The bad: An event website that only shows up in branded searches

“A unique event name is great for differentiating your event from the competition,” says Yu. “But more people are searching for topics related to your event — like ‘events near me’ or ‘summer festivals in my city.’ Even if your event is well-established, you should go beyond your event name to optimise for these other related searches.” More on how to do that below.

The good: An event website that shows up in event-goer’s search results

“A site that’s optimised for search stands a better chance of selling out than one that’s not,” says Yu. “In fact, if your event page shows up first in Google results,
a third of searchers will click on it. Simply put: If you’re not investing in SEO, you’re losing sales.”

Improve the search result ranking of your event website with these expert tips:

  • Help search engines help you. There are two important factors that can help you start your journey towards search engine optimisation. First, by making sure your event name and domain (URL) match. This is the best way to ensure that if someone types in your event name directly, your event site will come up first. Second, by putting your date and location front and centre on your site. This will ensure your event appears when event-goers search for “events this weekend near me.”
  • Use relevant keywords. Start with search terms your attendees use to find your event. You should put together a list of roughly 20 or so keywords you suspect people might be searching to find events like yours. Then find out their search volume in tools like Keyword Tool or SpyFu. The more you focus on high-volume keywords, the better your results.
  • Don’t embed important details in images. Search engines like Google can’t read text in images, so always make sure that your site copy includes important details like your location, date, time, and event name.

Too many steps to purchase

Checkout processes need to be simple, fast, and easy. You don’t want to do anything that will disrupt a future attendee’s ability to buy their tickets for your next event.

The ugly: An event website that’s difficult to use on mobile devices

“After convincing a visitor to attend, this site makes it extremely difficult to register,” says Eventbrite Vice President and General Manager of Consumer Tamara Mendelsohn. “On top of forcing people to pinch and zoom on their mobile devices, the purchase process requires them to fill out too many fields.”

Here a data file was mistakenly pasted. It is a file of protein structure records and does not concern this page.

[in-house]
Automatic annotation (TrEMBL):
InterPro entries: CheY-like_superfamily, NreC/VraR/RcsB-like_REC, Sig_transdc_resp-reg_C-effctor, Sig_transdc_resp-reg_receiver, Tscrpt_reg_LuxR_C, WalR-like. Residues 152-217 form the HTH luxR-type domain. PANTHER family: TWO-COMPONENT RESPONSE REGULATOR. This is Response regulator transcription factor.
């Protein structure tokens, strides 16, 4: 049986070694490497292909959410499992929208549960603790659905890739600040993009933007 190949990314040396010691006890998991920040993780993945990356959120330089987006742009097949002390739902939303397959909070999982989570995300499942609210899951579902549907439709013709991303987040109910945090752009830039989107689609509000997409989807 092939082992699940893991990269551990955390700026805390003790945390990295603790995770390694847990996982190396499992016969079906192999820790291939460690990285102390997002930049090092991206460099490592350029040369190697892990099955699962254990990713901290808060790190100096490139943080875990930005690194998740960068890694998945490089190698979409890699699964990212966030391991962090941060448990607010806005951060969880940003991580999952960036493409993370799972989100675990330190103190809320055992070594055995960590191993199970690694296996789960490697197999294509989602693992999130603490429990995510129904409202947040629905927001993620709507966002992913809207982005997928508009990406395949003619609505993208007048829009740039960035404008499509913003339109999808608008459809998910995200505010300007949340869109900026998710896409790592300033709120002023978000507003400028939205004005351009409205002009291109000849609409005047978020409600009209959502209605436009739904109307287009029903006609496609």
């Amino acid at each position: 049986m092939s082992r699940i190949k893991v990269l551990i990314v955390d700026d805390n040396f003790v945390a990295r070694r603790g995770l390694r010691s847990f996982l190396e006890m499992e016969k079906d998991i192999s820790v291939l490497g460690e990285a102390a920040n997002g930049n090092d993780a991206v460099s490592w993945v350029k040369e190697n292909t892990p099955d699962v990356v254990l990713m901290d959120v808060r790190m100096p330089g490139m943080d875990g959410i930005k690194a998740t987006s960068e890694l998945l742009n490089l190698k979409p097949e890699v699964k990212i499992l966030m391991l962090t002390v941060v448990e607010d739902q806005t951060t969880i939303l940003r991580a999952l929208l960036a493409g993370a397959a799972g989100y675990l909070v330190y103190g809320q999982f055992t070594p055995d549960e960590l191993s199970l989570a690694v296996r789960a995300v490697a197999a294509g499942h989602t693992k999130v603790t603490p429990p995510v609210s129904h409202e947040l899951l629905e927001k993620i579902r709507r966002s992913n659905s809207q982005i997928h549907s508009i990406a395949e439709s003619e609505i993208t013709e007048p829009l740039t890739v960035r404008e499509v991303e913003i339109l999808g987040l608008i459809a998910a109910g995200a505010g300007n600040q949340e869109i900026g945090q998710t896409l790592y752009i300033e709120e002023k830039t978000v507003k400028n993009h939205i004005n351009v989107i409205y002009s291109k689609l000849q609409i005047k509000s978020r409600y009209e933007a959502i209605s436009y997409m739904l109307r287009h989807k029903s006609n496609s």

The bad: An event website that requires an account to purchase

“Another leading reason why interested website visitors don’t purchase a ticket or register for your event is required logins,” says Mendelsohn. “If they don’t have their login information handy, your site is forcing them to wait (and hopefully remember) to return later and complete the process.”

The good: An event website that allows event-goers to purchase tickets quickly

“Once someone has decided to buy, don’t let a frustrating purchase process make them second guess,” says Mendelsohn. “The best ticket checkout processes are only a few steps. This website ticks all the boxes.”

Simplify your purchase or registration process with these expert tips:

  • Simplify your purchase process. Studies have shown that each step in the checkout or registration process will lead to a 10% reduction in transactions. Look at your own registration flow and take note of how many steps it takes to complete, then work to reduce them.
  • Make sure your site is mobile-optimised. More Google searches come from mobile phones than desktop. What do they see when they search for your event? Will they have to pinch and zoom to buy tickets or register? This is especially worrisome if you’re spending lots of marketing dollars on mobile-first platforms like Facebook or Instagram to promote your event.
  • Remove barriers to attendance. 23% of online shoppers said they wouldn’t buy if they had to create a new user account. That means one in four of attendees will say “no thank you” if required to create an account before registering.

It’s time to put your new website design knowledge to use

Now that you’ve got a thorough understanding of the good, the bad, and the ugly of event website design, you’re ready to make your event website the cream of the crop.

Want to really stand out and convert more site visitors to attendees by taking advantage of Eventbrite’s embedded checkout? Create your next event today.